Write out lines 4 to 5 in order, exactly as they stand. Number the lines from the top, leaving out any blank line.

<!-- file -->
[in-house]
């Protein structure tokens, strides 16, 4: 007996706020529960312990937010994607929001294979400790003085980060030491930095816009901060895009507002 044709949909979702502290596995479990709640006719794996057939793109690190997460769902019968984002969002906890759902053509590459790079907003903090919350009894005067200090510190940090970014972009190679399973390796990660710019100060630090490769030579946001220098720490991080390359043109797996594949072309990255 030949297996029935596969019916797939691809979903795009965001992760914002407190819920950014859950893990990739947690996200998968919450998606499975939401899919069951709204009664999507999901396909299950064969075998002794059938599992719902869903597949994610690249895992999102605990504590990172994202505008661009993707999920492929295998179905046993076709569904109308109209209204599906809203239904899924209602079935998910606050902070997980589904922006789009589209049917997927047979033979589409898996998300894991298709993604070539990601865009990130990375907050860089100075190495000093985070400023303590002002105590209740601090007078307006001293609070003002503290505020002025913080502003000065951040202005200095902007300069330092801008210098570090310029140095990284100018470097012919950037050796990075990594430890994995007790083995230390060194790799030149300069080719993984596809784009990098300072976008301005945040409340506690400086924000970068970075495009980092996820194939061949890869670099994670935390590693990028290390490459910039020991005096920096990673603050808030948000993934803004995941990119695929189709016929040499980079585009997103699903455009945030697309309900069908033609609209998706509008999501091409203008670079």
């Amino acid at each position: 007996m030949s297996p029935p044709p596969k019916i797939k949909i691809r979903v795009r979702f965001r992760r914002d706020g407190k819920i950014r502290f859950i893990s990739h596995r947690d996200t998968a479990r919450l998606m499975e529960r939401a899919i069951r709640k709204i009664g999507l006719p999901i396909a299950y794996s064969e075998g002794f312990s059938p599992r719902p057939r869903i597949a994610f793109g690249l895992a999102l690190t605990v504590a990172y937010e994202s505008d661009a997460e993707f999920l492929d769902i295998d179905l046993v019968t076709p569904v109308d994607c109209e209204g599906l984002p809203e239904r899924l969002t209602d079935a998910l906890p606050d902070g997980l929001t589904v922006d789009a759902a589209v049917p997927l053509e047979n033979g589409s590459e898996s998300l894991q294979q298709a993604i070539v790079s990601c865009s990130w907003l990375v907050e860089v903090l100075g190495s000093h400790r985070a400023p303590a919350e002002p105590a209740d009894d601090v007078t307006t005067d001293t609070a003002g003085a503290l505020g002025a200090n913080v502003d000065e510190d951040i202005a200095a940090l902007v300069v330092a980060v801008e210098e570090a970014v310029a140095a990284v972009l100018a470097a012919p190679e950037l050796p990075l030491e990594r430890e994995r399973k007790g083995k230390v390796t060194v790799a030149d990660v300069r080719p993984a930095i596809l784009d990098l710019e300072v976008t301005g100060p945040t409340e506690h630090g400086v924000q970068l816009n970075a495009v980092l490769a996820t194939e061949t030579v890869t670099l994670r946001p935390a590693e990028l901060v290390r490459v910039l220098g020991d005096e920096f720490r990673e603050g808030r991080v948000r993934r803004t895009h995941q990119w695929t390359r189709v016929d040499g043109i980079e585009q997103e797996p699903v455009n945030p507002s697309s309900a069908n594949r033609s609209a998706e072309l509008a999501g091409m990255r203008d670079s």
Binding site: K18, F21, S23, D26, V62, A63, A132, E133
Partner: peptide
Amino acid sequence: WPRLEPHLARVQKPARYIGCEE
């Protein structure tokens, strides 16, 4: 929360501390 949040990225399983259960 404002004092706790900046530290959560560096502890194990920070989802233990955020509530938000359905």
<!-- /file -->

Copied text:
Binding site: K18, F21, S23, D26, V62, A63, A132, E133
Partner: peptide